The Ledger-Enquirer also asked several more questions:
How long did it take to compose “Suite Brasiliera,” the new piece for CSU?I wrote it slowly given that I had a long time to do it. I asked Andrew Zohn about the technical difficulties of it since this piece requires some technical strength. He told me to go ahead since the students are in such a high level.
Where do you get your inspiration?I worked on themes I’ve collected through the years. I constantly write down ideas and when I need to, I visit my ideas folder and get what I need. As I wanted to write a second "Suite Brasileira" for some time (there is a first one for guitar duo), I saw here an opportunity to do so. I thought of creating a guitar quartet first but as I’ve written pieces for guitar quartets before and haven’t done any for guitar trio I thought it would be nicer to create the trio.
What’s it like to perform with your brother? Since you go on tour quite a bit, are there any arguments? And who usually wins?We used to argue quite a lot in the past but as years move along and you get to know your partner musically much more things come to a common understanding and the very different ways of viewing the same composition become less evident.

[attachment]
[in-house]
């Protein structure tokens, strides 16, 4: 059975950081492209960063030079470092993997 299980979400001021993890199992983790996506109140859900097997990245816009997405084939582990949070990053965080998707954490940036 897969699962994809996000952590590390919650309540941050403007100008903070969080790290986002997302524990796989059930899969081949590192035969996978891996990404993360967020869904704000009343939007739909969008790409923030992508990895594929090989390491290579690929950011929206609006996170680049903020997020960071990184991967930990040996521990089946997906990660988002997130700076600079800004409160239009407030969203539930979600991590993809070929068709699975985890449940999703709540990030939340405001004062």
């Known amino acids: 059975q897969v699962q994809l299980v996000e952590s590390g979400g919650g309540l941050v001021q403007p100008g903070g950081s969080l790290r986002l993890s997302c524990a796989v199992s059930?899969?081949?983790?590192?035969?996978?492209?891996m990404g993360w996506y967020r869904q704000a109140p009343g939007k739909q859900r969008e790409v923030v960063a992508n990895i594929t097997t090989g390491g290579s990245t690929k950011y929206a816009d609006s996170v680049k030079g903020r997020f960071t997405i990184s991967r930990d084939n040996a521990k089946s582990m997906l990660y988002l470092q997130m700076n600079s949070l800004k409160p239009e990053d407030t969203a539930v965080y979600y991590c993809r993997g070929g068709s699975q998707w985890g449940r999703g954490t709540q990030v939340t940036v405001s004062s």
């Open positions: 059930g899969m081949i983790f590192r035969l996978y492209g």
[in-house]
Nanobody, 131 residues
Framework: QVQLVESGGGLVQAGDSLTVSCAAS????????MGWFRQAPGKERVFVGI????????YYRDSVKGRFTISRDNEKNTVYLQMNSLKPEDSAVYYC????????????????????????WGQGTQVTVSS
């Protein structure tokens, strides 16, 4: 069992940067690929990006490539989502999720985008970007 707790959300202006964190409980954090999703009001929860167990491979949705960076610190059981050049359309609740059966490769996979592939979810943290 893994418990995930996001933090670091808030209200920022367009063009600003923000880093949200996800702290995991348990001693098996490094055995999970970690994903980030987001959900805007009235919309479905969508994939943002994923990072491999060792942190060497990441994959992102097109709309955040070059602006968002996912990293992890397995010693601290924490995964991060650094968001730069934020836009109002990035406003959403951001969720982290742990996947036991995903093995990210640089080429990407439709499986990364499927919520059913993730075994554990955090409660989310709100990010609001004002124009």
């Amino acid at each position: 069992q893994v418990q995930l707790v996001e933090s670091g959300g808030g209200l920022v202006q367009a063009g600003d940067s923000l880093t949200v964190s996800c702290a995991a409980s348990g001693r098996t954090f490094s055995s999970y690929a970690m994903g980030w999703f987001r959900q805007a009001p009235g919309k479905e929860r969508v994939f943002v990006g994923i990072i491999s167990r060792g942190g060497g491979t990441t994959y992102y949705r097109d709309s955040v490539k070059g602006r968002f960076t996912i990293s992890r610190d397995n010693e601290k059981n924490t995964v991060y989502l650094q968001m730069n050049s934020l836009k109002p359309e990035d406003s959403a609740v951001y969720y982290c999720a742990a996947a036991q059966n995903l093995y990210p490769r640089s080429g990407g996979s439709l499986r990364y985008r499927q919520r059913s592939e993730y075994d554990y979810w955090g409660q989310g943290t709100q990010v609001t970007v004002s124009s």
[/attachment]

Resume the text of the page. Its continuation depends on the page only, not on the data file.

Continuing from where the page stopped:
Who is older?I’m four years older than Odair.
What do you think of Columbus? I know you’ve been here a couple of times now.I’m always surprised by the development of the cities in America. You can have incredible cultural events in smaller cities and one doesn’t need anymore to go to New York or Chicago for instance, to be exposed to highly qualified art. Columbus offers quite a lot and it is a nice place.